Paulius Petretis, leading cyber security expert uses Carphone Warehouse’s recent fine to motivate straggler businesses to take action to put cybersecurity measures in place before the upcoming GDPR deadline in May.

 Vilnius, Lithuania – February 10, 2018 – Paulius Petretis, CEO of VORAS Consulting posted a new article on the company website entitled “The High Cost Of Compromising Customer And Employee Data.” Mr. Petretis makes his appeal to all the businesses that are dragging their feet or trying to avoid GDPR compliance.

Petretis writes, “If you need any more inspiration to bring your business into GDPR compliance let this be it. Carphone Warehouse was recently fined £400,000 for putting its customers data at risk and allowing ‘unauthorized access to the personal data of over three million customers and 1,000 employees’.”

As Petretis points out, “It was without a doubt Carphone Warehouse’s casual approach to data security that ultimately brought them under the scrutiny of the Information Commissioner’s Office (ICO).” He continues adding, “Apparently the company had not taken sufficient action to protect their massive storehouse of personal information. In other words, Carphone’s cyber security was clearly outdated as the intruders accessed the Carphone system via obsolete WordPress software.”

Petretis quotes which reported, “The incident also exposed inadequacies in the organisation’s technical security measures. Important elements of the software in use on the systems affected were out of date and the company failed to carry out routine security testing. There were also inadequate measures in place to identify and purge historic data.”

 According to Petretis, “If you have a business in Europe or are doing business with Europeans and house personal information of customers and employees, you have a general obligation as stated by the GDPR to implement technical and organizational measures to show that you have considered and integrated data protection into your processing activities.” He elaborates further, “You must ensure that privacy and data protection is a key consideration in the early stages of any project, and throughout its lifecycle. This includes the following:

When building new IT systems for storing or accessing personal data;

When developing legislation, policy or strategies that have privacy implications;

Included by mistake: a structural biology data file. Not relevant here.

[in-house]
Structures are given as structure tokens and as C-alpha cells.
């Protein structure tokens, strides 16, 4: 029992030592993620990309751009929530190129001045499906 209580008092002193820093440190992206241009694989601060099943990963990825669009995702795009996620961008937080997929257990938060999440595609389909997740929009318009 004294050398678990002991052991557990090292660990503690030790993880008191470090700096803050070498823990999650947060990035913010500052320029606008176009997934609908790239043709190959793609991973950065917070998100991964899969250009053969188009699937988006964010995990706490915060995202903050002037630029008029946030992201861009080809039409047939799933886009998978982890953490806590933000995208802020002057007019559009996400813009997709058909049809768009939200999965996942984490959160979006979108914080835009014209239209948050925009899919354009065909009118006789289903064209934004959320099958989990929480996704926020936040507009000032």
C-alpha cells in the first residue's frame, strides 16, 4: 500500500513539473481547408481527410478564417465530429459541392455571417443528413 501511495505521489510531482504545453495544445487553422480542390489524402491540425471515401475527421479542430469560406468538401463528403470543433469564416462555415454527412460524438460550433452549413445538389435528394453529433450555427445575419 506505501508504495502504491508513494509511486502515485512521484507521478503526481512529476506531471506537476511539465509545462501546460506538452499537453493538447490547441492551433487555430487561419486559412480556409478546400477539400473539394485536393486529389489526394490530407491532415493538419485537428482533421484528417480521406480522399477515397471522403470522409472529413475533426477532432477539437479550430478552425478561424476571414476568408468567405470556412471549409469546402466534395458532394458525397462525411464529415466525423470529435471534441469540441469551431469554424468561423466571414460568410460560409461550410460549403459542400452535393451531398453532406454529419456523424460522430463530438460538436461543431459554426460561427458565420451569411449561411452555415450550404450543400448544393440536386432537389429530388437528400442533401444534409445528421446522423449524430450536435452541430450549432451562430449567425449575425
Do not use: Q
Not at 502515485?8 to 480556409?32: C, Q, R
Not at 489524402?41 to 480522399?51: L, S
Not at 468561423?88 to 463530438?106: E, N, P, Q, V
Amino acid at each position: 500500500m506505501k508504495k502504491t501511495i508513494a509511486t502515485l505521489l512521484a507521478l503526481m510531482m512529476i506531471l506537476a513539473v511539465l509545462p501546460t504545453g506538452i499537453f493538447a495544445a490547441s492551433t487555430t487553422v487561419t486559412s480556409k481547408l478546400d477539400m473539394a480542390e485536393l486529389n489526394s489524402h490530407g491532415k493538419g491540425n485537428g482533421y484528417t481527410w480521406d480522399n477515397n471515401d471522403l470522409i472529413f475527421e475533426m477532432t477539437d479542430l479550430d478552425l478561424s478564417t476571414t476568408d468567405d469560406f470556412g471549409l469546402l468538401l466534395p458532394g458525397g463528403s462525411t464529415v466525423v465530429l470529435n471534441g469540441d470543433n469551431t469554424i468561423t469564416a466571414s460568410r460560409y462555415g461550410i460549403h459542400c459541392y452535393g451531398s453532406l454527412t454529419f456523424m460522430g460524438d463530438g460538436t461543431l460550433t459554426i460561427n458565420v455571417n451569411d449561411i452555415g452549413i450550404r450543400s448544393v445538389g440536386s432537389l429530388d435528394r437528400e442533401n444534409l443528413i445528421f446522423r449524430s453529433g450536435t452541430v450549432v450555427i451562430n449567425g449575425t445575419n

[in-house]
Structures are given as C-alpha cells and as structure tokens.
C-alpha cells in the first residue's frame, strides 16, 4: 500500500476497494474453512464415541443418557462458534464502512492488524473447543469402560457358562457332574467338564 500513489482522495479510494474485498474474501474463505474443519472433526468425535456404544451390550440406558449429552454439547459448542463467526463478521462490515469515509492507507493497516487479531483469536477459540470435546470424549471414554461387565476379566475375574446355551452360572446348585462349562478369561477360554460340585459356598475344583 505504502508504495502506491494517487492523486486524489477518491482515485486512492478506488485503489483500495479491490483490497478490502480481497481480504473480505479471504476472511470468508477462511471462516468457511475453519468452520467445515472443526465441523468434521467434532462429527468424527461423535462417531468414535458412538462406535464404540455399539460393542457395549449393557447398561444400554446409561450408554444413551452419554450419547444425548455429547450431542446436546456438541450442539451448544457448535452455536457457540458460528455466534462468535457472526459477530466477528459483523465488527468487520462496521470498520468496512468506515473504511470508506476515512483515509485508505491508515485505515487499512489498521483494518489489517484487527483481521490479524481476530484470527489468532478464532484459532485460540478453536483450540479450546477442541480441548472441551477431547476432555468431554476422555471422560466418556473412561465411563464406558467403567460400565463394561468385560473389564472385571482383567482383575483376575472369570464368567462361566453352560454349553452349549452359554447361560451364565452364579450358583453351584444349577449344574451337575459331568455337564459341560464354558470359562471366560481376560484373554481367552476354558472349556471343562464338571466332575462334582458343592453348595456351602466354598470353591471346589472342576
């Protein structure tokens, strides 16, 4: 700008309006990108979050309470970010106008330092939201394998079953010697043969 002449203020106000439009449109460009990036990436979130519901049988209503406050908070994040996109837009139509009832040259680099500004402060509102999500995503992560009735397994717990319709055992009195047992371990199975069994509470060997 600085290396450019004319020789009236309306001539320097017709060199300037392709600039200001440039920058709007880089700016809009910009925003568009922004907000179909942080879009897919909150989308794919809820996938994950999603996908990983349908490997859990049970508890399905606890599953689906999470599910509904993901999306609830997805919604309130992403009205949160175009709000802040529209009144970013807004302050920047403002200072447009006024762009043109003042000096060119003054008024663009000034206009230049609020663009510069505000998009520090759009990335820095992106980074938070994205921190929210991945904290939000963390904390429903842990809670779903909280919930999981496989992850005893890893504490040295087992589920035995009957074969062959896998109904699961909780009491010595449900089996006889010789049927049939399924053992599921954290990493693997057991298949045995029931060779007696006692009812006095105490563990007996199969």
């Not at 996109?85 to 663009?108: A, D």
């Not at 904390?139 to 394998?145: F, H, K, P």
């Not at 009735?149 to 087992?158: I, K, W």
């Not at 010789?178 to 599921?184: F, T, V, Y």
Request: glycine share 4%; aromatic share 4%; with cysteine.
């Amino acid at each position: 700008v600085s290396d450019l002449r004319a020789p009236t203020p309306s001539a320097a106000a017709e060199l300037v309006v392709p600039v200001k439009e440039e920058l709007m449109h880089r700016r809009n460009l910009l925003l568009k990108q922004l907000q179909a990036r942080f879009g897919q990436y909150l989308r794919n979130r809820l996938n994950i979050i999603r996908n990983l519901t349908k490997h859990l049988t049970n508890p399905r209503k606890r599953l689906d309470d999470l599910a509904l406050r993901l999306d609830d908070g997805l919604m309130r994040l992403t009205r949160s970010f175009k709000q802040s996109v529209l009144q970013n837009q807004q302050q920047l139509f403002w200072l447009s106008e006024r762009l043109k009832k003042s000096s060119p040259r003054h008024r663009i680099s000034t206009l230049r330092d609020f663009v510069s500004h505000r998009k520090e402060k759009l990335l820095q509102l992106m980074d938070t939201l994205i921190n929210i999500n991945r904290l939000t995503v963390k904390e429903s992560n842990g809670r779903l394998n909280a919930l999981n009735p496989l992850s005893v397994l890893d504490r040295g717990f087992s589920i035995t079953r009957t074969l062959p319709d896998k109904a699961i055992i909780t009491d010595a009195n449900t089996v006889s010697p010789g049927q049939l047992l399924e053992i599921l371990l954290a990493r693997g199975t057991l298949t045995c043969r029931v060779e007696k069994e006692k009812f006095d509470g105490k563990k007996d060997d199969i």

When embarking on a data sharing initiative; or

When using data for new purposes.”

The entire article can be read at

Paulius Petretis

Paulius Petretis is an Information security expert, Certified Information Systems Security Professional (CISSP®), Certified Information Security Manager (CISM®), Certified Information System Auditor (CISA®), Certified in the Governance of Enterprise IT(CGEIT®) and Certified in Risk and Information Systems Control (CRISC®), Guest speaker at various conferences and seminars, Trainer at information security related training courses.

According to the annual survey initiated by the Info Security Europe, a whopping 93% of large organizations and 76% of small businesses had at least a single information security breach in 2011. Only 18% of the organizations affected by the infringements related to data protection laws had a consistent and effective contingency plan in place. According to Paulius, information is not something static – it evolves and mutates every day. It is the ecosystem of every business and if a single cell fails, it can bring down the entire business.

Therefore ensuring a consistent and up-to-date information protection policy must be the priority for all businesses – no matter how big or small they are. As it might be unrealistic to believe that any young or experienced entrepreneur can be the jack of all trades, the really smart decision is to rely on specialists who dedicate their professional lives to getting to know everything there is to know about protecting important business information.

With more than 16 years of experience in helping people, small businesses, and government organizations to protect their business secrets, Paulius believes that information security must help businesses achieve goals but not vice versa.










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